Is your spouse disengaged from your marriage?
When one of you disengages from your relationship, the marriage itself stops thriving. In turn, that can cause the other spouse to feel lonely and stuck. Living in this dynamic for years can eventually lead to the end of a marriage.
Does this sound familiar to you? If you’re unsure how to respond, we’ve gathered some suggestions to help you get started.
Signs Your Spouse is Disengaged
First, let’s take a look at some general signs your spouse has disengaged from your relationship.
- Has become withdrawn
- Doesn’t seem to want to work on your relationship
- Won’t engage in difficult conversations to solve problems
- Seems disinterested in spending time with you
- Has developed poor communication habits (or avoids communication completely)
- Spends more time away from home or closed off in another room
- Is unwilling to seek help or join you for couples counselling
Observing these behaviours in your relationship can be heartbreaking. It can make you feel hopeless if it goes on for an extended period of time. You might be desperate for answers and wondering how to turn things around.
If your spouse has indeed become distant, is there anything you can do to improve your marriage?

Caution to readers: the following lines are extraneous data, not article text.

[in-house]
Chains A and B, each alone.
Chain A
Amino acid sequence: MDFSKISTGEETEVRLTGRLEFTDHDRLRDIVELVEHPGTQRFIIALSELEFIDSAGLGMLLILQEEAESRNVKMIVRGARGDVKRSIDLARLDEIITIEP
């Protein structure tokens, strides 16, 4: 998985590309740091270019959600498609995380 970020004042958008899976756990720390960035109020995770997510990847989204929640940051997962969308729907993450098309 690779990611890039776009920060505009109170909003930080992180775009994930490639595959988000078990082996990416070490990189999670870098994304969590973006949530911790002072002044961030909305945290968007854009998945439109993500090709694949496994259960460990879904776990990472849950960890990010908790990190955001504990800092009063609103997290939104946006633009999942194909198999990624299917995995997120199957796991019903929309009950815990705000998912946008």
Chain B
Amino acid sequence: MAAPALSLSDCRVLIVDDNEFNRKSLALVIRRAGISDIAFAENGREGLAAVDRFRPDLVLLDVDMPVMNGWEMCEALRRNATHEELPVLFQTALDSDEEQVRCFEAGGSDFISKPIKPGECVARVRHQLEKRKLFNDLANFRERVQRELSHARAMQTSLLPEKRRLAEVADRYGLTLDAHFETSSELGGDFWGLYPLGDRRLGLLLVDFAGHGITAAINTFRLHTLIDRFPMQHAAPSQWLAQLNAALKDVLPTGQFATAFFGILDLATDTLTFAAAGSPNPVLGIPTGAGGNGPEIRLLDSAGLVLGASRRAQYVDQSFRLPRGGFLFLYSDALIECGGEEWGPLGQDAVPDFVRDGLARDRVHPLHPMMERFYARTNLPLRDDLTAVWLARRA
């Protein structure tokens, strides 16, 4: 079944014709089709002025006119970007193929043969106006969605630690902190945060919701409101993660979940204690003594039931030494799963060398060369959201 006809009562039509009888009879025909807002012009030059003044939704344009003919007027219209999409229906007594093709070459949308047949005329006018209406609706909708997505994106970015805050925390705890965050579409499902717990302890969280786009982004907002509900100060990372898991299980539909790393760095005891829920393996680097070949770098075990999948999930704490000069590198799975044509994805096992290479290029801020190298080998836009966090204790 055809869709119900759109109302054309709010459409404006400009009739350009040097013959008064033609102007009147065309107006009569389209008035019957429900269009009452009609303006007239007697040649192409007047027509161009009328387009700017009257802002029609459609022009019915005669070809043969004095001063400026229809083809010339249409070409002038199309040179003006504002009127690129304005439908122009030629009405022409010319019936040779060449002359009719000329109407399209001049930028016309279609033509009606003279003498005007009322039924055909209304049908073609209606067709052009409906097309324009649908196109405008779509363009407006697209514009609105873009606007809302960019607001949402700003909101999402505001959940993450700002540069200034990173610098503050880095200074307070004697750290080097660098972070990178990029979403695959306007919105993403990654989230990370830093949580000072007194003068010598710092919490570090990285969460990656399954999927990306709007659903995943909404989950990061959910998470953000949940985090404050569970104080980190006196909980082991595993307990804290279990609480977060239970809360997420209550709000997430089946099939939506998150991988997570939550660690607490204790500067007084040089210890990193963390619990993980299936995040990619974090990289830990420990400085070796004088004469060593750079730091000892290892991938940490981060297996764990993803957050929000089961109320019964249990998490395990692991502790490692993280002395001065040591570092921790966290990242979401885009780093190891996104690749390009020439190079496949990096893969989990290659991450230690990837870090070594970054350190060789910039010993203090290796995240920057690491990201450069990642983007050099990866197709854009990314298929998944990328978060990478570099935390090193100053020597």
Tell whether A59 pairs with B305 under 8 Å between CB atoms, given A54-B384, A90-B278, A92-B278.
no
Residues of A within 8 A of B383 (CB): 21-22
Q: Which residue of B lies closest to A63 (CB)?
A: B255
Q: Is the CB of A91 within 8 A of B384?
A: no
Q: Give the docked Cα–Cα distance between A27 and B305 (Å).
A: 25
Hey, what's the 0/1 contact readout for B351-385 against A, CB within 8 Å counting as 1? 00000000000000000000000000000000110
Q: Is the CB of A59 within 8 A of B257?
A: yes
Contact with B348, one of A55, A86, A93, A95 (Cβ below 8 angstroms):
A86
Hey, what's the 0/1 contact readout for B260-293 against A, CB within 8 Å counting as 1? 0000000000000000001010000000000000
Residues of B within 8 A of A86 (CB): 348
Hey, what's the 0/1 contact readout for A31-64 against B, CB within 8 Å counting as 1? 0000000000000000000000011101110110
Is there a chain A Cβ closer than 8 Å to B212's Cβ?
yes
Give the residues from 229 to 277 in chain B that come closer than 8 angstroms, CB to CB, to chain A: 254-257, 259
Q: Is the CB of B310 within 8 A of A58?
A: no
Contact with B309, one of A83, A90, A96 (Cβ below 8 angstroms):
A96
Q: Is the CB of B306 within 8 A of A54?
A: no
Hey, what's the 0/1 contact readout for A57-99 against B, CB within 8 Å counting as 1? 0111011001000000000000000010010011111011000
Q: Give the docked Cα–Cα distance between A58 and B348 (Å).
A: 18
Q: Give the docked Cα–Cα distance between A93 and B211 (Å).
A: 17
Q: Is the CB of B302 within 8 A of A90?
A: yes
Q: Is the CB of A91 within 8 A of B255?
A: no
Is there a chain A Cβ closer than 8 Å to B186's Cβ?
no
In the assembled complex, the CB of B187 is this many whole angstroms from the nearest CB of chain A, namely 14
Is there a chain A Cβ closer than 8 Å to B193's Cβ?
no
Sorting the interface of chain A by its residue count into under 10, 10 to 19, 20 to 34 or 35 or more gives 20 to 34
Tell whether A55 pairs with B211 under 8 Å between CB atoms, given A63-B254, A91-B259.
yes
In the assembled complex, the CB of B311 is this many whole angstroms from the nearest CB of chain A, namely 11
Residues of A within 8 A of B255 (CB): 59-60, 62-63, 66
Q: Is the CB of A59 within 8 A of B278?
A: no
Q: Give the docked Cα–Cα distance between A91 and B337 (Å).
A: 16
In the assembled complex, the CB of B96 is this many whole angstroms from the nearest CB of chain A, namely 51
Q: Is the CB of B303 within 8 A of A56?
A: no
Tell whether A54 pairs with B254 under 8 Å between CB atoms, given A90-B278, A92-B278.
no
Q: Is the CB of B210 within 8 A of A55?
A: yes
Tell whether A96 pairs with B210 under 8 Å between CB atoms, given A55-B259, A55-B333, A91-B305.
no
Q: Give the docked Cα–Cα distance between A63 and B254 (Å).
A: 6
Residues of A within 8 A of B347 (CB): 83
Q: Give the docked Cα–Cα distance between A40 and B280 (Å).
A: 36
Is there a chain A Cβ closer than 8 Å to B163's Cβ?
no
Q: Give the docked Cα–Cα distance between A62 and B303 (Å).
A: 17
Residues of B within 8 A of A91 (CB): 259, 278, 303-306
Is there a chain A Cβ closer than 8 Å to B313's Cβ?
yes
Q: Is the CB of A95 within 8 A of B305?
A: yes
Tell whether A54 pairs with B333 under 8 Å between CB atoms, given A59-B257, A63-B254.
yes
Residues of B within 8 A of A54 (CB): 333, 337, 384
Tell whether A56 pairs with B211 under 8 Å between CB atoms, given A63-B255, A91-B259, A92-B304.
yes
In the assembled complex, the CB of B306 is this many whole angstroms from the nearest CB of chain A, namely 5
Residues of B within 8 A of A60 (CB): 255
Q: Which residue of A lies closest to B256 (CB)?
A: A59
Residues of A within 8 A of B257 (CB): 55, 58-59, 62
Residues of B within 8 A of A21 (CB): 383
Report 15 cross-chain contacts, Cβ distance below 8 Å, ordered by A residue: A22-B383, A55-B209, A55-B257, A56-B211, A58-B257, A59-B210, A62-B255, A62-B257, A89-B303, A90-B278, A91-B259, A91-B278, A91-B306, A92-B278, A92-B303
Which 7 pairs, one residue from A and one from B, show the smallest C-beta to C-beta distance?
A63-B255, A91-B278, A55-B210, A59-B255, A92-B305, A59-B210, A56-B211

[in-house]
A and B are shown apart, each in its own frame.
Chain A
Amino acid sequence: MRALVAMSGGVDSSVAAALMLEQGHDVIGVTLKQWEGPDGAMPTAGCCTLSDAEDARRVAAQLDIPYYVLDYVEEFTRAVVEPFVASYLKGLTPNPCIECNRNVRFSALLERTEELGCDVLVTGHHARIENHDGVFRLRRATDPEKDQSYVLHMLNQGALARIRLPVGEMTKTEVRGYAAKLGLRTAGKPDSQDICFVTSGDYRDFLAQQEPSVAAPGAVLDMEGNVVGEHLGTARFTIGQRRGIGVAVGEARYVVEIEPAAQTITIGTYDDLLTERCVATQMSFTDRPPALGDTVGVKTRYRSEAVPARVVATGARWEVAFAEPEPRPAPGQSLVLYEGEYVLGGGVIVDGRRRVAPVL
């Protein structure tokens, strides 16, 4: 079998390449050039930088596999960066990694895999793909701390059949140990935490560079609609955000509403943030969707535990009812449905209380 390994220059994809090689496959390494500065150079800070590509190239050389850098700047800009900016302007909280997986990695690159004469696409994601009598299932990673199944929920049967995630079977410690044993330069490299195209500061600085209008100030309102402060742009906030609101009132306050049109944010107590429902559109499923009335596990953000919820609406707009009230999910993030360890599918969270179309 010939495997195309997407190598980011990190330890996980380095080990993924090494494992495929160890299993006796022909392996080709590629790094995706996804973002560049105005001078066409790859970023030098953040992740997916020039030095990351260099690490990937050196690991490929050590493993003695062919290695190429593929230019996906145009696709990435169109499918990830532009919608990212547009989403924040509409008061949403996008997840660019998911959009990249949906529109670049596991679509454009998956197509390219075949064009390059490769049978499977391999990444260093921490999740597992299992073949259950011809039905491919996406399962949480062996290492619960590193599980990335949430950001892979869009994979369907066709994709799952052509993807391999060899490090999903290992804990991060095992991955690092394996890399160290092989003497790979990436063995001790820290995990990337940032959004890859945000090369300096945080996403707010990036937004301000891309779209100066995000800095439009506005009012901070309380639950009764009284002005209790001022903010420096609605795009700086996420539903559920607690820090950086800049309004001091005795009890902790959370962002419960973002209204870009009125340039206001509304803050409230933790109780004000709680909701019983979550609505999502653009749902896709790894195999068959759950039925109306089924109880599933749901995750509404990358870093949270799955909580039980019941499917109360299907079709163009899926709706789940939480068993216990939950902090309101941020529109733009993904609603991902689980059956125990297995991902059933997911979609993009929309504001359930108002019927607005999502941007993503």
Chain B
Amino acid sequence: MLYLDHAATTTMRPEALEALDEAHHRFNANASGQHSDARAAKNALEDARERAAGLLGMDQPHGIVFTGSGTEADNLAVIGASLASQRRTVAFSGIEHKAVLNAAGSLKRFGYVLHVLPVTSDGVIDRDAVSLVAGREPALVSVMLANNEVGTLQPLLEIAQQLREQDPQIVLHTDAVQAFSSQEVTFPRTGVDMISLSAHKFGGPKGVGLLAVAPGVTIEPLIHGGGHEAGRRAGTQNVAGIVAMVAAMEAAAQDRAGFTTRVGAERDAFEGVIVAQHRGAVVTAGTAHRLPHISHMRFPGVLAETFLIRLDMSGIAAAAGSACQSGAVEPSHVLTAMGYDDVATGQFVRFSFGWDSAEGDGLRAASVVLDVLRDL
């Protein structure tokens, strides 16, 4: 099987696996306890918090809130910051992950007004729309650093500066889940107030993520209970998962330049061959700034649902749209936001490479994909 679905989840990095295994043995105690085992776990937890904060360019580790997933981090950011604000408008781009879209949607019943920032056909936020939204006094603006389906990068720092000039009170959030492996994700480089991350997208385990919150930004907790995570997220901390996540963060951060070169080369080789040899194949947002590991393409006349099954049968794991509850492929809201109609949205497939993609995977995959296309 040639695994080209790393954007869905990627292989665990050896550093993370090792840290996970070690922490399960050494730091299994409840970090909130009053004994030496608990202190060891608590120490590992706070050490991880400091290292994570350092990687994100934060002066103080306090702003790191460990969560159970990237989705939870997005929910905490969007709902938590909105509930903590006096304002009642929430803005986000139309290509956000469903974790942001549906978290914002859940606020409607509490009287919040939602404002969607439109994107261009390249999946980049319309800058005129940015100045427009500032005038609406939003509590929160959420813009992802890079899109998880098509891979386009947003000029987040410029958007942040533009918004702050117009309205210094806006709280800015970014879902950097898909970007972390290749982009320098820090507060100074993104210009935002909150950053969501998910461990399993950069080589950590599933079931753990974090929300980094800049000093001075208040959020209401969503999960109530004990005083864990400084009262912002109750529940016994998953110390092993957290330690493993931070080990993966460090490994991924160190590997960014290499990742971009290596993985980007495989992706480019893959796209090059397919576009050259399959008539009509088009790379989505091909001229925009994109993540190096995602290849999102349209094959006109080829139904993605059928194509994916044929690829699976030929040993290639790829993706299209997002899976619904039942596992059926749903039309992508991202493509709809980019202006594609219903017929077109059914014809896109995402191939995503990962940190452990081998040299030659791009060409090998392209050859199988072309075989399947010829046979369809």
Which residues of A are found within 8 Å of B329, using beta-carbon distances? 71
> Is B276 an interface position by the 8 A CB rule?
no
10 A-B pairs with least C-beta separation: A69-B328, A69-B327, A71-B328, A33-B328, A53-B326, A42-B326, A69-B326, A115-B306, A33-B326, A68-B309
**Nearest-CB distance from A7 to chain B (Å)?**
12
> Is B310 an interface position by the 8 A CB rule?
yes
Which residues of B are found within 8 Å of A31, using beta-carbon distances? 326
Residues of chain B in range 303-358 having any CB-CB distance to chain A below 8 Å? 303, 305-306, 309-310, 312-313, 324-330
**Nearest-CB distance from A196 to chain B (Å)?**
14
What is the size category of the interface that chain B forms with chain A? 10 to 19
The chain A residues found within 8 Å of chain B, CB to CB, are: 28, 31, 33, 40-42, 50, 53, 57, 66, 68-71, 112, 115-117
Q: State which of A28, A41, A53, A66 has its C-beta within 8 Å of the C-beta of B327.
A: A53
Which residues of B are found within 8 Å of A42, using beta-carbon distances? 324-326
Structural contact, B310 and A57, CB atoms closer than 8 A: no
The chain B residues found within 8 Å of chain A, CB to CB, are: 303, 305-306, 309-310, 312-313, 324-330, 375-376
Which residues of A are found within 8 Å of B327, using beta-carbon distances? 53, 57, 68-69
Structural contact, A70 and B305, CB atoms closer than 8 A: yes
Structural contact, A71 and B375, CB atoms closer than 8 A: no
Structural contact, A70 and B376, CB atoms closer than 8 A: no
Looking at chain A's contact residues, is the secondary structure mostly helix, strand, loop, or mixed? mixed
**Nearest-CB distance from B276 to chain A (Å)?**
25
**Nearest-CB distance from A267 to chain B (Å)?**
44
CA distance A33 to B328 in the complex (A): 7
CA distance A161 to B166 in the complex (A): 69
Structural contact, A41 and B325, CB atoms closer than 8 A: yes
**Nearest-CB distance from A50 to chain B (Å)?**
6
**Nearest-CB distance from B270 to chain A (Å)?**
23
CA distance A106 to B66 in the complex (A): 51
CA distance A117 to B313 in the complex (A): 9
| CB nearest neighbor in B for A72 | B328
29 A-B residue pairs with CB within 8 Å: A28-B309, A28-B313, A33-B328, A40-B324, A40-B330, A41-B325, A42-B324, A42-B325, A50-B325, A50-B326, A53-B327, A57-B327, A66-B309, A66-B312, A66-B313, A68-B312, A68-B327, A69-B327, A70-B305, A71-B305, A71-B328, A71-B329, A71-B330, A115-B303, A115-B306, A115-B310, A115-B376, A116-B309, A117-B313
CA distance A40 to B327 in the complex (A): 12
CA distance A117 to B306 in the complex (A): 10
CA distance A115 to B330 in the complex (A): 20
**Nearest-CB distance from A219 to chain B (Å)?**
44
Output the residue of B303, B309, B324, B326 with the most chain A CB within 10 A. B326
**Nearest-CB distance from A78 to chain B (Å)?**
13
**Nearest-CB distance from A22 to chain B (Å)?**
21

Get Clarity on Your Marriage
If you sense that your spouse is disengaged, the most loving thing you can do for both of you is to ask for clarity. Ask them how invested they are. A question like this can pose as a wake-up call for your spouse.
Let them know how much you value them and your marriage. It’s possible that your spouse doesn’t realize how much they’ve pulled away from you. When you ask the right questions and bring the issues to the surface, you give them a chance to take a closer look at where they stand.
You might also decide to tell your spouse that you aren’t willing to maintain the status quo. Consider saying something like, “What I need is for both of us to work toward a more fulfilling marriage. I want you on this journey with me.”
Focus on What You Can Do
Even if your spouse isn’t interested in counselling or taking steps to improve your relationship, you can still take action yourself. When just one person in a marriage continues to work toward a healthy dynamic and positive change, that benefits the whole relationship. Your spouse doesn’t have to be directly involved in the work you’re doing for you both to benefit.
Yes, it would be ideal if both of you could get into therapy and work together on the marriage. But let’s say you’re the only one doing the work right now. Even if that’s the case, every step you take toward healing benefits your relationship.
We like to say that your marriage is only as healthy as you are. Regardless of your spouse’s actions, you can continue moving toward healing. Our book, Healthy Me, Healthy Us, is a guide to help you do just that. Take a look and pick up your copy here.